Posted on: March 21, 2023, 02:44h.
Last updated on: March 21, 2023, 02:59h.
Jason Ader’s 26 Capital Acquisition Corp. (NASDAQ: ADER) — the blank-check company attempting to bring Okada Manila public in the US — called a recent countersuit by the casino’s parent company “desperate.”
The special purpose acquisition company (SPAC) was recently hit with litigation by Okada Manila parent Universal Entertainment Corp. (UEC) and related affiliates in the Delaware Court of Chancery. The suit filed by UEC and the other parties alleges 26 Capital is rushing to bring the integrated resort public and may have skirted US securities laws in the process.
The counterclaims are nothing more than a desperate litigation strategy to deflect from UEC’s own improper conduct. We look forward to proving them wrong at the trial in July — if their counterclaims even get that far,” according to a statement issued Tuesday by 26 Capital.
The blank-check deal values Okada Manila at $2.6 billion and, if it’s ever consummated, would pave the way for the casino-resort entity to trade on the NASDAQ under the ticker “UERI.”
26 Capital Says UEC Not Performing Needed Work
In October 2021, Ader’s SPAC and UEC announced merger plans for Okada in what was, at that time, one of the richer deals involving a gaming company and a blank-check firm. Universal Entertainment, the Japanese pachinko giant, agreed to roll 100% of Okada Manila’s equity into the newly formed company and 26 Capital said it would provide up to $275 million in cash to the business.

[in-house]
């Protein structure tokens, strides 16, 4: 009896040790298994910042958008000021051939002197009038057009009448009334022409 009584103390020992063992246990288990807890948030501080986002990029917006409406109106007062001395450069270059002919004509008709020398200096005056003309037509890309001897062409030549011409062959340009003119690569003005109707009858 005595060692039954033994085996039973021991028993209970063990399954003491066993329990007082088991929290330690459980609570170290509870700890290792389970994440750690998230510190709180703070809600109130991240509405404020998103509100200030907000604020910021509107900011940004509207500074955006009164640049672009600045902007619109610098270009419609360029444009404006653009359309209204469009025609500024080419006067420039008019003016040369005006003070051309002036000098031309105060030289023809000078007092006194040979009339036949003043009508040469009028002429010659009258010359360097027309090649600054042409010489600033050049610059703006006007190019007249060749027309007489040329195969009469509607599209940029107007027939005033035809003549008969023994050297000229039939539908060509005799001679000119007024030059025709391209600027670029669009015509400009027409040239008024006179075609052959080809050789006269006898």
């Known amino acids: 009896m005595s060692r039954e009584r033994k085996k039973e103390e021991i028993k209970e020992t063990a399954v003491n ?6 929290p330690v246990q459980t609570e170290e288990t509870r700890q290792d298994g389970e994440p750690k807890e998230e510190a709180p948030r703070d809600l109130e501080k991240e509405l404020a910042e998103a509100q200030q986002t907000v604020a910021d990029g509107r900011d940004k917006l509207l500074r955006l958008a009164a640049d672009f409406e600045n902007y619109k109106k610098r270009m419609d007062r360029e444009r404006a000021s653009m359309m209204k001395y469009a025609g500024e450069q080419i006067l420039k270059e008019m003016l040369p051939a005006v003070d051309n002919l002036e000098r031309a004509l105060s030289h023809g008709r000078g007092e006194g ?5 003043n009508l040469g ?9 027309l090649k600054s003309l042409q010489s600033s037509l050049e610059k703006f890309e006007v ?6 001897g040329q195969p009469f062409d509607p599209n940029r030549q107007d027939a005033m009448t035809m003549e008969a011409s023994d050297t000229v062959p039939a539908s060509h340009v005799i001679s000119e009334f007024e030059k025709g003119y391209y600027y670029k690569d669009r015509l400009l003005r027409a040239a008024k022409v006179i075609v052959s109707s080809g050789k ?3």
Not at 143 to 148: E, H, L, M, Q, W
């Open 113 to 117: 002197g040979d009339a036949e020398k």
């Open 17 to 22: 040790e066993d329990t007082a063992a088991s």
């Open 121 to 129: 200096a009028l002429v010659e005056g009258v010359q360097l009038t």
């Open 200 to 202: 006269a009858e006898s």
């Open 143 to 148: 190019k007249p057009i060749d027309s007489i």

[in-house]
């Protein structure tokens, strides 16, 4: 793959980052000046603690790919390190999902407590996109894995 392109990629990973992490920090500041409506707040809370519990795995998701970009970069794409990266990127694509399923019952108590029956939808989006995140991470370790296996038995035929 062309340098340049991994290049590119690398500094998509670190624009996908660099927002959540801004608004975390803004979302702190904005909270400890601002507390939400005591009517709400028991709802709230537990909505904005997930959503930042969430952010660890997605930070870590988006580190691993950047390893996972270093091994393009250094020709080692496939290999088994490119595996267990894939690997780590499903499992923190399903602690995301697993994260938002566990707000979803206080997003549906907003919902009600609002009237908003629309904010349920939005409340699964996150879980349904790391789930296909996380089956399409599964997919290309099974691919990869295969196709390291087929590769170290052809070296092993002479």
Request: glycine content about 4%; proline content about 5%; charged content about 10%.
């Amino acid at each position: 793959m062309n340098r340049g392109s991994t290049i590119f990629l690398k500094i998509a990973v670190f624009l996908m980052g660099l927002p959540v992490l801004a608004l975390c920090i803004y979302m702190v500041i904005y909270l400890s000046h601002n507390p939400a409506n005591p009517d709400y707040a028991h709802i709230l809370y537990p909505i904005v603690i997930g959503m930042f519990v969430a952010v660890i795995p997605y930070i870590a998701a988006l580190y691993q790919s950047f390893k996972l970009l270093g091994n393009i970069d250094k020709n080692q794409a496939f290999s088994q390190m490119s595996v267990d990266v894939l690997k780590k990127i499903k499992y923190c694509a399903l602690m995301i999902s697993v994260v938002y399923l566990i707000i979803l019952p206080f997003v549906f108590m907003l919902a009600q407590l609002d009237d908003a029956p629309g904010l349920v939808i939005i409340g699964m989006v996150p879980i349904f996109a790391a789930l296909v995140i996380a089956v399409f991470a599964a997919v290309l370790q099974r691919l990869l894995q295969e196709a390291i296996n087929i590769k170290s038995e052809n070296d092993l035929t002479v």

Since then, the transaction has been beset by setbacks, including a 2022 physical takeover of Okada Manila by Kazuo Okada — the man for whom the venue is named — and his associates. That was followed by more legal wranglings and an accounting controversy, which some market observers speculated endangered the SPAC deal.
Fast-forward to today and 26 Capital claims the UEC countersuit is no more than obfuscation on the part of the Japanese company to hide the fact that it’s not doing the legwork necessary to bring the merger across the finish line.
“26 Capital filed a lawsuit against UEC’s affiliates in February because they were not honoring their contractual obligations and refusing to do the work required to close,” said the SPAC in the statement.
What’s Next in Okada Manila Saga
It’s possible the Delaware Court of Chancery tosses UEC’s countersuit or rules in favor of 26 Capital, but that remains to be seen. In order for the court to rule in favor of terminating the deal, which is what the Japanese company apparently desires, the ethical improprieties UEC claims 26 Capital committed will need to be proved.
On the other hand, the court could rule that UEC is intentionally dragging its feet for no good reason, potentially endangering 26 Capital investors in the process.
The SPAC’s desire to complete the transaction is understandable. Okada Manila is growing, the venue is profitable, and the deal could pave the way for future expansion opportunities in the US and the Asia-Pacific region.
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